Political and social dynamics were the focus of Stanford students from History Professor Robert Crews’ class, Islamic Republics: Politics and Society in Iran, Afghanistan and Pakistan. They were captivated by Bita Ghezelaygh’s Felt Memories, a series of traditionally made Iranian tunics decorated with symbols invoking ideas of sacrifice surrounding the Iran-Iraq War.
“We had tried to make sense of the experience of war in class,” said Crews, “but seeing the metal keys giving martyrs access to heaven and looking at the iconic figures established an emotional tie and, I think, a deeper appreciation of the power of these symbols.”
Though the exhibit centered on contemporary art in the Islamic world, each piece displayed a wide range and personal depth of the artists themselves. Visitors, young and old, found something that resonated with them personally.
For instance, Noor Ali Chagani’s brick installation, Life Line, touched one high-school student for its ability to take a typically hard material and represent it as being soft, almost comforting; Hadieh Shafie’s repetitive, circular, and vibrantly colored 22500 Pages attracted a young visitor for its intensity and repetition of shape; and Rachid Koraïchi’s embroidered cloth banners, Les Maîtres invisibles, which won the 2011 Jameel Prize, so intrigued a group of Stanford engineering students from the Persian Student Association that they translated parts of the banners for Cantor docent Penelope Midlock.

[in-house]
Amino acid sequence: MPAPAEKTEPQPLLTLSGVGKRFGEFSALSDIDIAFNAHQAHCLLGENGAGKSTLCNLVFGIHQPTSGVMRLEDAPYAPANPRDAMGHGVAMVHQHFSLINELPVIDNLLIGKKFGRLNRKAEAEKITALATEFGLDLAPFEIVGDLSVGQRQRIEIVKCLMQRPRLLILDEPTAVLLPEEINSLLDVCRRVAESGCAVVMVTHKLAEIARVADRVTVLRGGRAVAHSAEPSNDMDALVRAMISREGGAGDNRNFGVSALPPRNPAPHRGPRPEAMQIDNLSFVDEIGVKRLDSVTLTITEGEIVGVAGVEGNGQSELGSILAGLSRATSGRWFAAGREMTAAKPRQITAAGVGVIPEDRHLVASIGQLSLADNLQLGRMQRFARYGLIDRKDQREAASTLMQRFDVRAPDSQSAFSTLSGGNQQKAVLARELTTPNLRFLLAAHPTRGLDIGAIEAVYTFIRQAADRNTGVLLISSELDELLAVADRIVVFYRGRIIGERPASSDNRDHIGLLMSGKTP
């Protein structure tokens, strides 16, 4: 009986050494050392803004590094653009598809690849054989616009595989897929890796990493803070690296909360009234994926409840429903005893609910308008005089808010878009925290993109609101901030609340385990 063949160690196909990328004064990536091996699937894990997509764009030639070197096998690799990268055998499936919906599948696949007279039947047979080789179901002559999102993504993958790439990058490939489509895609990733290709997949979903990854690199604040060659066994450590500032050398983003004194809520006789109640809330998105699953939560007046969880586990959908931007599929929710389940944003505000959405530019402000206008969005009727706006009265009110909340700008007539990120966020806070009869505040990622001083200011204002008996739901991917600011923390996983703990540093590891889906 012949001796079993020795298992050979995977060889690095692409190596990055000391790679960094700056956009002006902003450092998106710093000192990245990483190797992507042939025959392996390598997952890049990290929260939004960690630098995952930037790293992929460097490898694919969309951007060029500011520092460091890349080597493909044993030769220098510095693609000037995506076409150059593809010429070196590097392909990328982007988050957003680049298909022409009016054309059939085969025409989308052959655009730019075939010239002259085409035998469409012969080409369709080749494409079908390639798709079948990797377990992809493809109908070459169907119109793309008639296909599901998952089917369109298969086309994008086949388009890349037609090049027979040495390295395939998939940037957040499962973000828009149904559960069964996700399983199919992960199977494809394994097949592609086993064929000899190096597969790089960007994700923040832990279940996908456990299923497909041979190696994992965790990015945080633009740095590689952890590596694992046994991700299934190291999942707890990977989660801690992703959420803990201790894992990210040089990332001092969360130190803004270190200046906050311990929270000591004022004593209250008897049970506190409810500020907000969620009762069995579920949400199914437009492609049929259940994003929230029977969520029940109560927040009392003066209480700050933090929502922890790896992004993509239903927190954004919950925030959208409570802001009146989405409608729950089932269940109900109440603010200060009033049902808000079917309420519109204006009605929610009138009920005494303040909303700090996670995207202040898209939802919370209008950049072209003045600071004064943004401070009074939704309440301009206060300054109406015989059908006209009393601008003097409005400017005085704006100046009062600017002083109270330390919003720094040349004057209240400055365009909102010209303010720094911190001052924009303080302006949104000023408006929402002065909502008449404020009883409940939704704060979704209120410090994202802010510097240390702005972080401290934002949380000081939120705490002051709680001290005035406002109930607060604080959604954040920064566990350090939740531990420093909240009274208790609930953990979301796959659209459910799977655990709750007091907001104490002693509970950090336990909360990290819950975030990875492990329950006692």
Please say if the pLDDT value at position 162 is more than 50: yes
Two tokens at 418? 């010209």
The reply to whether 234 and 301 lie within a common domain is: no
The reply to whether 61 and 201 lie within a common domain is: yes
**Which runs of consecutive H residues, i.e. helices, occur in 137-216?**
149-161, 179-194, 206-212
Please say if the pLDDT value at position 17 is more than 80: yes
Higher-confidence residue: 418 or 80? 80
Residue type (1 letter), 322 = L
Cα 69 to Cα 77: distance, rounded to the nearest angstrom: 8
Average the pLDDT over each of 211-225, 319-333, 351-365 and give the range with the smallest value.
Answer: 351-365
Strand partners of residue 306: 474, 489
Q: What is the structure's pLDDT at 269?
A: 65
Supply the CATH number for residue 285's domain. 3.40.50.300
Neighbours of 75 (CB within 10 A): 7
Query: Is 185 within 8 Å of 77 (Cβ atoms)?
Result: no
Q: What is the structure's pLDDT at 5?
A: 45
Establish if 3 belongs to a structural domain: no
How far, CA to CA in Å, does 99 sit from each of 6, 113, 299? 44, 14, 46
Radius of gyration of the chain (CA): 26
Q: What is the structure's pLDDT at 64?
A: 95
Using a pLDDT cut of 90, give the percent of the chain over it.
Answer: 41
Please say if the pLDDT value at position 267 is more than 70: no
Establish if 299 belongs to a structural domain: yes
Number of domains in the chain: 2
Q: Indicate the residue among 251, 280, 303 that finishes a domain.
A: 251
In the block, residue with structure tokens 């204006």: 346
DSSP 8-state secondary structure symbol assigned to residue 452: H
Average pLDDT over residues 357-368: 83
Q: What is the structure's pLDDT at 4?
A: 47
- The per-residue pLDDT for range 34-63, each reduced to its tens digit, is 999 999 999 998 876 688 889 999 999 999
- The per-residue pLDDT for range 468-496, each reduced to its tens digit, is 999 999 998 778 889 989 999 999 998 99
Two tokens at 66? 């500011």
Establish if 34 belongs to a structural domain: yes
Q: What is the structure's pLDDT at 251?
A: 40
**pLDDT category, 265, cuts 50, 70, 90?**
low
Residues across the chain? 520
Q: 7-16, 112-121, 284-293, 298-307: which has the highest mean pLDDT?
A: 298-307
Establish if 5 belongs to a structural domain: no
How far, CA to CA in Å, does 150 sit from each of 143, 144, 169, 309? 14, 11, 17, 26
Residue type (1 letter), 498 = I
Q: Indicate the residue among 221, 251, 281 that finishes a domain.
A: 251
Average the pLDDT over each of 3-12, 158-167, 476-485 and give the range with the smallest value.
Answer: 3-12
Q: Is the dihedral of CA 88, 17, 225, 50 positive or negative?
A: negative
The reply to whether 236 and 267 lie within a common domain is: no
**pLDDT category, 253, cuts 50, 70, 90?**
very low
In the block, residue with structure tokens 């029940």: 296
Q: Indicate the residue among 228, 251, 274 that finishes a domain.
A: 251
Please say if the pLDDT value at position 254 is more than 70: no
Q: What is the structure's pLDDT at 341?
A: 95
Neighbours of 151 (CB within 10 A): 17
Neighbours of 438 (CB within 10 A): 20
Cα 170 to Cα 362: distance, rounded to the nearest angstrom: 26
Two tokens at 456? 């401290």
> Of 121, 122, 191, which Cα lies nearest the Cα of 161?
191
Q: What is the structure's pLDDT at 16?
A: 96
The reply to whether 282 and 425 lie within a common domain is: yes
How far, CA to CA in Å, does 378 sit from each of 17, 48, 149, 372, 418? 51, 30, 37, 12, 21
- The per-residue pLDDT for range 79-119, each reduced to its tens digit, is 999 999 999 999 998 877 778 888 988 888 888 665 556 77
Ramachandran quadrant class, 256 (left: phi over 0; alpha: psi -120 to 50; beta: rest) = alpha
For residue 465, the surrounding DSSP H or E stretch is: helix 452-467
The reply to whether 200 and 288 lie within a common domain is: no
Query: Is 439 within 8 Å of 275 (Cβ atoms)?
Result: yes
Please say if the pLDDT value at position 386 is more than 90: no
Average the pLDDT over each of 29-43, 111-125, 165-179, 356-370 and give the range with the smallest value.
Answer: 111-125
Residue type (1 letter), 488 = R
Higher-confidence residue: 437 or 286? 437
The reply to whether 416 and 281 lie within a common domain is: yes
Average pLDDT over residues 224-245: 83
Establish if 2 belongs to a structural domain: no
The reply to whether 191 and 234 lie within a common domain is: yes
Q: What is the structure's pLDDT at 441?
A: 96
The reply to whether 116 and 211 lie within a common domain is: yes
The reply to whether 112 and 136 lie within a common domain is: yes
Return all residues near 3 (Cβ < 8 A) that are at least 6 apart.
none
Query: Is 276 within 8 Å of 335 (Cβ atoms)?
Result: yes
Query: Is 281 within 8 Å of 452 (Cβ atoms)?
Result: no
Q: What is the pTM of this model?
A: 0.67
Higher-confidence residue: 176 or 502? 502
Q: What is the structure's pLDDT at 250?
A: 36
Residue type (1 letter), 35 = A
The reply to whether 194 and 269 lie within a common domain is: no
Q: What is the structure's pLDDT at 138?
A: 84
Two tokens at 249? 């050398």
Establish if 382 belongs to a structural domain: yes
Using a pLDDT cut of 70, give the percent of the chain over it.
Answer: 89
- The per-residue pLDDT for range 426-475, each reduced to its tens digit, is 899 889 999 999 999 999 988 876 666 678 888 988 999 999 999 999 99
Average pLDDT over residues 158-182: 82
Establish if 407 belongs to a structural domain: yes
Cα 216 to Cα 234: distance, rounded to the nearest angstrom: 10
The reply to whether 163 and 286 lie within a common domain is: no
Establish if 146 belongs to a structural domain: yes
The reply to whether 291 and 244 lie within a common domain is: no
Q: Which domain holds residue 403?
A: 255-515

For Pescadero Middle-High School (PHS) art students, however, it was the sophistication, depth, and provocative imagery in the pieces that impressed them. They and other student groups were brought to the exhibition on field trips organized by the Abbasi Program in Islamic Studies in collaboration with the Stanford Program on International and Cross-Cultural Education (SPICE) and the Cantor Arts Center.